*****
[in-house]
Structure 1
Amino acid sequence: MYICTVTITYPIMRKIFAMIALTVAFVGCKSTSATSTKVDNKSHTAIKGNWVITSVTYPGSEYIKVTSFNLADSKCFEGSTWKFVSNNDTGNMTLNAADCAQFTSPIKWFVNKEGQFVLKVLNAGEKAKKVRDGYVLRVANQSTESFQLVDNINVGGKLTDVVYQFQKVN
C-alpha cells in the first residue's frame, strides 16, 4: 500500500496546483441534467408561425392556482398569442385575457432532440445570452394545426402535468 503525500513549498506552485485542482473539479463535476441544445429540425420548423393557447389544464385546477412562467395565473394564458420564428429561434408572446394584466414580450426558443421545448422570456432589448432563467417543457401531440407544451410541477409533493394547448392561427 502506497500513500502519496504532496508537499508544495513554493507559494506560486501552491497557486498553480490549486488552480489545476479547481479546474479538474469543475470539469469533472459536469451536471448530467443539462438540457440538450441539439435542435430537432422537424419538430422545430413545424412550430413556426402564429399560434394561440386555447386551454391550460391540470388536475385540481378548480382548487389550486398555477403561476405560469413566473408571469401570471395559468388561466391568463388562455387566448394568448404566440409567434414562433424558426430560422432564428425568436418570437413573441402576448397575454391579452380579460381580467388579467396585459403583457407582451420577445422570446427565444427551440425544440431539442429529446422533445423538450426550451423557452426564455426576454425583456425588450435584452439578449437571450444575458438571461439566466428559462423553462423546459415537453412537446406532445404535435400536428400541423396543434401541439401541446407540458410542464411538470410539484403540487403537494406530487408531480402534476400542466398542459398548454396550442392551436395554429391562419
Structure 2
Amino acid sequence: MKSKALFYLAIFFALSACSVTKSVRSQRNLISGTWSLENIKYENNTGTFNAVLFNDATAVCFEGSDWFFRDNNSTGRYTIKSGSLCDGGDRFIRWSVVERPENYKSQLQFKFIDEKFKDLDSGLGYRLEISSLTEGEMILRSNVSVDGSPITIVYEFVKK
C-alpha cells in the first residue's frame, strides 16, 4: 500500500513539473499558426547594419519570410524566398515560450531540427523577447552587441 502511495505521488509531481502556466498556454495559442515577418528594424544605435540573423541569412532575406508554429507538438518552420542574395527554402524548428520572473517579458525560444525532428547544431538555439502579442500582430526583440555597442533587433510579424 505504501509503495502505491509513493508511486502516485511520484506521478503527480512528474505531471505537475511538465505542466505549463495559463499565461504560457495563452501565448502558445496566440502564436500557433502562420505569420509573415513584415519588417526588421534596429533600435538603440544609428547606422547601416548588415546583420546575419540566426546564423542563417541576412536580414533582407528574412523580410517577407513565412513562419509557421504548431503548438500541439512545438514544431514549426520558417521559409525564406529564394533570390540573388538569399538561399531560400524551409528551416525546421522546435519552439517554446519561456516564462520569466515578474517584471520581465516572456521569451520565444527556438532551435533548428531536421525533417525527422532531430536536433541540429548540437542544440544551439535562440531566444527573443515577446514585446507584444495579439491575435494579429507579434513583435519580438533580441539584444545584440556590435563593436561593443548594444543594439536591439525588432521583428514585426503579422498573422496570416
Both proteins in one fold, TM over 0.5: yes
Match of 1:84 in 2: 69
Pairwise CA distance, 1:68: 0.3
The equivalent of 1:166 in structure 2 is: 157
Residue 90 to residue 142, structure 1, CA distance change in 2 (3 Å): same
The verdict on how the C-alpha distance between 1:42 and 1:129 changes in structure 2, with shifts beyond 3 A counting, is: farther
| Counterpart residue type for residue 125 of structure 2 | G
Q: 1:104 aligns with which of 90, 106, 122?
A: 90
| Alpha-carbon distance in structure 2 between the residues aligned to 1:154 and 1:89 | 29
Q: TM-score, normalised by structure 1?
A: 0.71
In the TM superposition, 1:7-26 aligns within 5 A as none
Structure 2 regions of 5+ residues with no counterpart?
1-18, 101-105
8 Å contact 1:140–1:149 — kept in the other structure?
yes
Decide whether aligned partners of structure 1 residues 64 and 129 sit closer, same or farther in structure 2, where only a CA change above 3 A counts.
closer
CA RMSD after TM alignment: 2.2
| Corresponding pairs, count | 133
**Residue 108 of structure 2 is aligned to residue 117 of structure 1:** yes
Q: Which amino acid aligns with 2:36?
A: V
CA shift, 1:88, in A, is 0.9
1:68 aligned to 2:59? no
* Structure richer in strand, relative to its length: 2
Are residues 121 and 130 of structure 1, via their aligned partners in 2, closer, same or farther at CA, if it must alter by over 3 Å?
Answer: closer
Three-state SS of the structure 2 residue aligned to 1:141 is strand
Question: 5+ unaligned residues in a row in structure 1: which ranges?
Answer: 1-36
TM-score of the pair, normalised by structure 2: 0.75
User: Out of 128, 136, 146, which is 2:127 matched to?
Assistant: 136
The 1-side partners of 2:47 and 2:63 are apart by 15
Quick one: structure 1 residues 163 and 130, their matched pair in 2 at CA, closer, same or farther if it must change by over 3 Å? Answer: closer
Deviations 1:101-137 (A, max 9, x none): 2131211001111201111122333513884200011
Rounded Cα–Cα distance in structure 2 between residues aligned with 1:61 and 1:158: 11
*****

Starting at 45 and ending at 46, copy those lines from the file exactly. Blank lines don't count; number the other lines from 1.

Deviations 1:101-137 (A, max 9, x none): 2131211001111201111122333513884200011
Rounded Cα–Cα distance in structure 2 between residues aligned with 1:61 and 1:158: 11